We actually made pretty good progress on ridding the field of the larger stones. A disc harrow would be destroyed trying to till these rocks. Hopefully, the sandy grass, and the grey, bent corn I was standing next to would look a lot different next year. During my time in the field, I ran into a family of five that I knew from skiing at Sugarbush, and Ted and Susan Laskaris, good friends who live just up Rt. 100. Their farm, populated by a herd of Yaks (!) was relatively unscathed by Irene.
Dusty and dirty, we finally wrapped up our rock harvesting. Driving home, I thought how fortunate my family was to live in the Champlain Valley, where it is relatively flat and the huge rains from Irene weren’t funneled in a fashion that turned tiny streams into mountain tsunamis. I read in the Burlington Free Press that during Irene, the peak flow in the White River in West Hartford was 100,000 cubic feet per second. That is 500 times the normal flow, and equivalent to the normal volume of the Mississippi River at St. Louis!
On Saturday, some folks from our church had been helping clean up in Moretown, the town north of Waitsfield. Moretown sits on the Mad River as well, and was hugely damaged by the flooding. Rt. 100B out of town is washed out, and the only way out of town is to the south. Will Burhans, the Pastor at our church, spoke of the terror that one man felt as he stood in his home, watching cars, cows and hay bales race by/crash into his home during the flooding.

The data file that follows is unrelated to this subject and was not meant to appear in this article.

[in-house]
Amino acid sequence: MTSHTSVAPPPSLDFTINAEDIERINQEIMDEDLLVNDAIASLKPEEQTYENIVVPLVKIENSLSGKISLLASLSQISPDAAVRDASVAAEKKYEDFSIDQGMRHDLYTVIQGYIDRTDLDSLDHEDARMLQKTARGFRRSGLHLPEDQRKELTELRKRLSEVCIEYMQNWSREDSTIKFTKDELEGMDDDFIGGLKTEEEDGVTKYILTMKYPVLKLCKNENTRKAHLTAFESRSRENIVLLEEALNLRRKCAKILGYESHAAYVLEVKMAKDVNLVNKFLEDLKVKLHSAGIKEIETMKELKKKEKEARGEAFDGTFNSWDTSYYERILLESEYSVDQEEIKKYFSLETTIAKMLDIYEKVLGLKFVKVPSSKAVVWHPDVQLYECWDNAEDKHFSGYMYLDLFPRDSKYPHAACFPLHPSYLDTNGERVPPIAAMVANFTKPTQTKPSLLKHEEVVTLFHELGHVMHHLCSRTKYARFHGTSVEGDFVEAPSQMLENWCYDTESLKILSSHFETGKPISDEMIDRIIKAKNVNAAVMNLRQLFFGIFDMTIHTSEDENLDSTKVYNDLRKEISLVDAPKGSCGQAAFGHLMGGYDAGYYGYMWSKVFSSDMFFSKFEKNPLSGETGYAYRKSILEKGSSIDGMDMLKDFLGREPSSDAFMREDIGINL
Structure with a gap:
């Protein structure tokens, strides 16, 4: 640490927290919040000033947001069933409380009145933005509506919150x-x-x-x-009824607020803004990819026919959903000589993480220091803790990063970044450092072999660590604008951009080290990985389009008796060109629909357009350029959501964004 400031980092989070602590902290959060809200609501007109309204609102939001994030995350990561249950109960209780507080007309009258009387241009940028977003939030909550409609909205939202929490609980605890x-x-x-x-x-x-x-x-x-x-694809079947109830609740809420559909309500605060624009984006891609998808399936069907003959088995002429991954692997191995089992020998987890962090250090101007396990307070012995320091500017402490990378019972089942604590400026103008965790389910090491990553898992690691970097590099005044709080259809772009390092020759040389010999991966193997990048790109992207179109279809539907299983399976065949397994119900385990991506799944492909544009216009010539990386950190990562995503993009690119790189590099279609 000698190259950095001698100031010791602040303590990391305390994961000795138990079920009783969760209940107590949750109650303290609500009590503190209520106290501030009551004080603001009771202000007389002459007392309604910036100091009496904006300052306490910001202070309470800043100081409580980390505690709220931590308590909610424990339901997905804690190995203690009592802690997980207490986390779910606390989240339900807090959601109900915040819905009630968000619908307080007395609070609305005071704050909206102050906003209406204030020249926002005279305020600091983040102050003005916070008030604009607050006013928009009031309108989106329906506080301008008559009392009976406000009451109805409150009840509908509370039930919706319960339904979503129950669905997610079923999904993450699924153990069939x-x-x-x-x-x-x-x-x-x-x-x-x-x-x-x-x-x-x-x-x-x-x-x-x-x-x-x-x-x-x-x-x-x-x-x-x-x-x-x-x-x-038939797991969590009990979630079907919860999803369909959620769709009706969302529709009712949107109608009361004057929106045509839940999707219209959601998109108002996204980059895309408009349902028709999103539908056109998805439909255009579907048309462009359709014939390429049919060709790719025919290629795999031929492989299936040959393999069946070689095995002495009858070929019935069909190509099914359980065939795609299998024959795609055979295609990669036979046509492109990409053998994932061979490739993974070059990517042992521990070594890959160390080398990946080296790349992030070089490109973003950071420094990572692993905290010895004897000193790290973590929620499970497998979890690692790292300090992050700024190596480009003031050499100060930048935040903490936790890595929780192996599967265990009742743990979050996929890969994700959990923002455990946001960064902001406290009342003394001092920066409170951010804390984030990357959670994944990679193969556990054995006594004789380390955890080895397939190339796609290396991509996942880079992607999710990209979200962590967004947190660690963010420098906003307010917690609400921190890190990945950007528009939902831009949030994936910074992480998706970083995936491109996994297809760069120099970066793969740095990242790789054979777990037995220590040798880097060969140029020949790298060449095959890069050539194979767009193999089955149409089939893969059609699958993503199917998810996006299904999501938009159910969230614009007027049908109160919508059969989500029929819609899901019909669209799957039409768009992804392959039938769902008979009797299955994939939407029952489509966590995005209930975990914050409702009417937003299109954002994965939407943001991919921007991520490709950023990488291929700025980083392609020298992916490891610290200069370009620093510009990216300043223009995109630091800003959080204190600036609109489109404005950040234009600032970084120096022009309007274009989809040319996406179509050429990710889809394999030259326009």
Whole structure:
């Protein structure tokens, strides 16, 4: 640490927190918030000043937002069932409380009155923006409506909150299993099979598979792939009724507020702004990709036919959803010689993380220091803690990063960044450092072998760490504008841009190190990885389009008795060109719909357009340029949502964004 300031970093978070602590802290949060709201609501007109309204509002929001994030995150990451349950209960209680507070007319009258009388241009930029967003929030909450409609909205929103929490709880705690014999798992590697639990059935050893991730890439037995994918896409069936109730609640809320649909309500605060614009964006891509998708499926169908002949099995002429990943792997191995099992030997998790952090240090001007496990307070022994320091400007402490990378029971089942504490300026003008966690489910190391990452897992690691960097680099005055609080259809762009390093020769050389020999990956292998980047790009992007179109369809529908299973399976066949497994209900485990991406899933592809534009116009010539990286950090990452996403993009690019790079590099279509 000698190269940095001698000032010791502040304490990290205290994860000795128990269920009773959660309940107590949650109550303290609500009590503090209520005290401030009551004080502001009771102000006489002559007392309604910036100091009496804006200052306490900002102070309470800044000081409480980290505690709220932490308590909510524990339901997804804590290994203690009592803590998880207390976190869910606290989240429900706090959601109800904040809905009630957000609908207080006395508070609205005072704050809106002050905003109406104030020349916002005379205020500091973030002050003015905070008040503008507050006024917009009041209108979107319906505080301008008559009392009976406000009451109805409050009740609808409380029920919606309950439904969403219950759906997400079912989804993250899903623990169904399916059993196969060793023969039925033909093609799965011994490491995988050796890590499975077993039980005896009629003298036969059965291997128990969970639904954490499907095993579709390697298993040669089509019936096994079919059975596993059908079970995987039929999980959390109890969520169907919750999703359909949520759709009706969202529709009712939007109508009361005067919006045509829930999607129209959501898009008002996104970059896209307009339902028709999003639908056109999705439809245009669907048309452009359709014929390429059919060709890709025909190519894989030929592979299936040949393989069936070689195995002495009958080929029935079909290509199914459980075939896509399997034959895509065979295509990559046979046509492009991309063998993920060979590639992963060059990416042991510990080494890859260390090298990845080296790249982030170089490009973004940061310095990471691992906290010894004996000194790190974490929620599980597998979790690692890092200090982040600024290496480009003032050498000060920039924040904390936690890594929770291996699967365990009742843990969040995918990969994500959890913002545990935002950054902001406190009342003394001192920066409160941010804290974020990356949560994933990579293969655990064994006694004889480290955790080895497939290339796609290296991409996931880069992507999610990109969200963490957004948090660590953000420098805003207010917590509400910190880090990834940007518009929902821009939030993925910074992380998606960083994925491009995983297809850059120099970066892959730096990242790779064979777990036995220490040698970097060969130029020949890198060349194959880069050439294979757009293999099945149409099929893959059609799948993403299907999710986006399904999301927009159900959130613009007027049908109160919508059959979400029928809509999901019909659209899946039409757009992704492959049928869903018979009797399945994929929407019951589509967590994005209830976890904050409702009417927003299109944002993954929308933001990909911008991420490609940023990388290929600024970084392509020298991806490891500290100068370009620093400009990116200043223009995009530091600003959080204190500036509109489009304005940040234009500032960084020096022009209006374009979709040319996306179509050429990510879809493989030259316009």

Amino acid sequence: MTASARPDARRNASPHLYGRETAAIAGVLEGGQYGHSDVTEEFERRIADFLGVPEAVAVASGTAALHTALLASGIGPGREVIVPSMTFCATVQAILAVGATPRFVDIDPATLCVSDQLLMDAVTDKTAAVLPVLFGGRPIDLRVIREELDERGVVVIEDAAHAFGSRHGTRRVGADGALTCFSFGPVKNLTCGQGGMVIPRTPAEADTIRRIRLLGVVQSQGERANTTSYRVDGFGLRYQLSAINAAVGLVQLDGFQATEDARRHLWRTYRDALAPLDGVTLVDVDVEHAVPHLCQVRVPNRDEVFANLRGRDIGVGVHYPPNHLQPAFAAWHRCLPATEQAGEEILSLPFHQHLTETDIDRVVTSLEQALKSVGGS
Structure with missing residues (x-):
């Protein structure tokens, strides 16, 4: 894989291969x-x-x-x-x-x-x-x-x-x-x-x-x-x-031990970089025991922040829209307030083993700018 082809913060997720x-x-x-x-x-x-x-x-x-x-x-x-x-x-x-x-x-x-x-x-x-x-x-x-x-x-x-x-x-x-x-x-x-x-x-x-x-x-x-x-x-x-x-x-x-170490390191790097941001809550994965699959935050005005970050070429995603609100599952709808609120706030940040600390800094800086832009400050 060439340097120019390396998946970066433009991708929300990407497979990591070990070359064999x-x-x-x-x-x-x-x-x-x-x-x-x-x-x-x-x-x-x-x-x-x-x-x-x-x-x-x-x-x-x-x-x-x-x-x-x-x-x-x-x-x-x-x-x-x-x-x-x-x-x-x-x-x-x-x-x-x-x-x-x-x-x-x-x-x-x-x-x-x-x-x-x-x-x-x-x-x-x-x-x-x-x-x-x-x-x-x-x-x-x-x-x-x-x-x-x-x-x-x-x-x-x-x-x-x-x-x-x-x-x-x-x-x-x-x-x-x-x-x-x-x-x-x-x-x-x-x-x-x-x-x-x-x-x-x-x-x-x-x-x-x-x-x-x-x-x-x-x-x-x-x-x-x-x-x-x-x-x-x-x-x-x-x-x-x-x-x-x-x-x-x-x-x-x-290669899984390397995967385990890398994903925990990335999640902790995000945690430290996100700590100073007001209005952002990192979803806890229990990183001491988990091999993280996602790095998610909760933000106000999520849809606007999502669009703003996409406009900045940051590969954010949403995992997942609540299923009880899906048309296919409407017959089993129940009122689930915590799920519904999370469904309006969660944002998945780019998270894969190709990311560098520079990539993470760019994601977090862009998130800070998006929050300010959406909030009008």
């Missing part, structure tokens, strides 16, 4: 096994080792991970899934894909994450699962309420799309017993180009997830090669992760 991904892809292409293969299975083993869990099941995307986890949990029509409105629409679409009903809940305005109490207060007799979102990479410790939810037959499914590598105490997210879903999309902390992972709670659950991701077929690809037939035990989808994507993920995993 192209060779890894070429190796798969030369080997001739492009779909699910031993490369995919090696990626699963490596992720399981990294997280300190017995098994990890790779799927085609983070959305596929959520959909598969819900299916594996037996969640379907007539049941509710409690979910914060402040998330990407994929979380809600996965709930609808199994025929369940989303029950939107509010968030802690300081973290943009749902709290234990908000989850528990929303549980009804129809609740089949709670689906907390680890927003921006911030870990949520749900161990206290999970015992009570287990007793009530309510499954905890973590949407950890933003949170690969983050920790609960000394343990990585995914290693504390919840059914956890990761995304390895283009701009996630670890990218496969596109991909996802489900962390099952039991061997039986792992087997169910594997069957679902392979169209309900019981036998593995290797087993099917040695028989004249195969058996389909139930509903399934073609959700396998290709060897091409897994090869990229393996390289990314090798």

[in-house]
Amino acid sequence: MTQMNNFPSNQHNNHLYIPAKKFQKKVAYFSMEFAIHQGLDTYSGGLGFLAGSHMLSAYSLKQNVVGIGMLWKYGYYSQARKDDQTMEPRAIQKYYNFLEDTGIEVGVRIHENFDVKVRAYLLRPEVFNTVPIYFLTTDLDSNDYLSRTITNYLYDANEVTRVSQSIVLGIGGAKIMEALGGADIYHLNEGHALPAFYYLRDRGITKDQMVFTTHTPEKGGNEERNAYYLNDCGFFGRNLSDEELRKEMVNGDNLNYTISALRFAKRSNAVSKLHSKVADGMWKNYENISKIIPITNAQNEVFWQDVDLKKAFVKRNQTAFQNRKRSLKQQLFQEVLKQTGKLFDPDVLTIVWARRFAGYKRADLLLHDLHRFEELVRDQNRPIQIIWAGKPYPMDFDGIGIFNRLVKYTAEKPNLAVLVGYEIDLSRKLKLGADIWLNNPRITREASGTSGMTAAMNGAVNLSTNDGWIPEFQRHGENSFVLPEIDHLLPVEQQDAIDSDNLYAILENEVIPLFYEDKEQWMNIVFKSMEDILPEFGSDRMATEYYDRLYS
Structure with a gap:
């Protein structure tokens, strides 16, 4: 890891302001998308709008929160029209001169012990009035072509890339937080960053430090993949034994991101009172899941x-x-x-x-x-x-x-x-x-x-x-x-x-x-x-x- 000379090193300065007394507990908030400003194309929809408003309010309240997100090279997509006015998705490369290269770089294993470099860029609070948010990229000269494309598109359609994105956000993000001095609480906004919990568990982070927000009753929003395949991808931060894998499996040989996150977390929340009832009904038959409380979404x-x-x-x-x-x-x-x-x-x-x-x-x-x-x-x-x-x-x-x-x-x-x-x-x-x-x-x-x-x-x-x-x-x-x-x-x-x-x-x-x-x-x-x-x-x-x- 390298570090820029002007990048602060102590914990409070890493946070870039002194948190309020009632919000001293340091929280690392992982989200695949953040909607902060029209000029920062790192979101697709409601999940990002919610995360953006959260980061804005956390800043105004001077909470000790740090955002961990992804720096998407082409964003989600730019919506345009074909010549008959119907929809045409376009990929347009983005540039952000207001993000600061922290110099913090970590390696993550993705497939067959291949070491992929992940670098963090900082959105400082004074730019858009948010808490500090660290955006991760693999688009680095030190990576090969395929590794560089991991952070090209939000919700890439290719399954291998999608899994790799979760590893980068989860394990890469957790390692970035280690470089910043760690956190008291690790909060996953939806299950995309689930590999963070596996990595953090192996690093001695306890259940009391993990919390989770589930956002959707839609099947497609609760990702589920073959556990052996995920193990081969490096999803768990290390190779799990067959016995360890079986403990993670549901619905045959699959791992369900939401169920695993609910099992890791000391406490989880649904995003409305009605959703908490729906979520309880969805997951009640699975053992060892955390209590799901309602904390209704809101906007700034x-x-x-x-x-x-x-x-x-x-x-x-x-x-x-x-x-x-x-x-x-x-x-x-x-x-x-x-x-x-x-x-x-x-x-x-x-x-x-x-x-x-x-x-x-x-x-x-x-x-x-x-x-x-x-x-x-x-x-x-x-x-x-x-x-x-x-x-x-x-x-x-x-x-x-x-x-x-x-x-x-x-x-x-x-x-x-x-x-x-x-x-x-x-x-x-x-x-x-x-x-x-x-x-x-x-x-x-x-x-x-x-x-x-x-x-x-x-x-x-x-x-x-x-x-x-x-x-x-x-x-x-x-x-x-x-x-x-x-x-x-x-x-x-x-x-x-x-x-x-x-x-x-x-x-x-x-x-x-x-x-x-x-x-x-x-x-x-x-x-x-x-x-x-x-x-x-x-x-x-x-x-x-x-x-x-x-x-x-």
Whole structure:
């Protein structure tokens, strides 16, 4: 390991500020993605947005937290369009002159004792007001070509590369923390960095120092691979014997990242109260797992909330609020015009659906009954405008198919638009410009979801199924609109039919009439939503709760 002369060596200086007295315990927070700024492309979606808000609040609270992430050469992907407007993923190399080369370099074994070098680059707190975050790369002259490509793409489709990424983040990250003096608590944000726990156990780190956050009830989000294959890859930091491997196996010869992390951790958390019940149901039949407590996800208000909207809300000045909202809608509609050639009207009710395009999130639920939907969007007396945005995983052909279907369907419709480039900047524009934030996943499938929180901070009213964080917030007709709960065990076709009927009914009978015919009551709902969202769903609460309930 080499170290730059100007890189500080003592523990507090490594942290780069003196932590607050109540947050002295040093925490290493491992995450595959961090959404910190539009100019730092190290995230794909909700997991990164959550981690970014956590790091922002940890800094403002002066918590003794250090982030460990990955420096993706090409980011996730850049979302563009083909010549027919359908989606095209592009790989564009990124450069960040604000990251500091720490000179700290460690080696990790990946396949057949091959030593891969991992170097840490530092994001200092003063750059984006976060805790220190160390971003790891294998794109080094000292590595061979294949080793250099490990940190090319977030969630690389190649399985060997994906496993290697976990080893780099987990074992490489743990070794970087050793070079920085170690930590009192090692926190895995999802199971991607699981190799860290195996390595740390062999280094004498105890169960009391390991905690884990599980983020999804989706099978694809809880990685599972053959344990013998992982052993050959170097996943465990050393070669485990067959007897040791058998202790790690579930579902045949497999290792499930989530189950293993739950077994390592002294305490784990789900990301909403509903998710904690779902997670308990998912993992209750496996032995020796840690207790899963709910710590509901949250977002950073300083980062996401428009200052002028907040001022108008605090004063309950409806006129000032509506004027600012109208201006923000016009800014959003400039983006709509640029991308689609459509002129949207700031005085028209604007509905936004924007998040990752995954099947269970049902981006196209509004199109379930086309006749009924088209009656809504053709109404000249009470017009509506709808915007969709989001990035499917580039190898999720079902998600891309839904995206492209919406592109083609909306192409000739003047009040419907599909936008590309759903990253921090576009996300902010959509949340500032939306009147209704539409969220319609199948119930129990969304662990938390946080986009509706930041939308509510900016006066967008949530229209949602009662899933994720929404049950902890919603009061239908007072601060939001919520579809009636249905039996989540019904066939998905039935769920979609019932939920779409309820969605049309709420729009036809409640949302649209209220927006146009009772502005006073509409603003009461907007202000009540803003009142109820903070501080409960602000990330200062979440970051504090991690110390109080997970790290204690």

I deliberately drove home via Waterbury, because I knew that area had been hard hit. 1,600 state employees work there, and none of them can use their offices. It was the Winooski River that flooded Waterbury. It jumped its banks near the bridge at the east end of town, and proceeded to create a new channel right down Main St. Virtually every home along Main St., until you got to the far western end, saw the water rise to somewhere in the first floor. If you squint your eyes to blur your vision and look down the main drag, you might think it was right after a big snowstorm, but the snow banks you were imagining were actually 10-foot high piles of debris hauled out of the basements and first floors of all the homes. The difference, of course, is that these piles would never melt, and were awaiting a bucket loader to come and pick them up.
The list of never-before imagined damage in Vermont caused by Irene goes on: The town of Wilmington completely cut off from the world by road washouts and the loss of several bridges. The impossibility of travelling east-west in the lower half of the state. The loss of 2 covered bridges and damage to/closure of 12 more. But what I saw yesterday as well as heard on the news and from friends is that people have come to the aid of their neighbors. I picked stones along side a woman from St. Johnsbury, whose town was largely spared any damage from the rains. Also in attendance was a couple up from New York City for the long weekend. Tourists were reported to be helping all over the Mad River Valley.
My work precludes me from helping mid-week, but I hope to be lending a hand in some fashion again next weekend.
With gratitude for our abundance,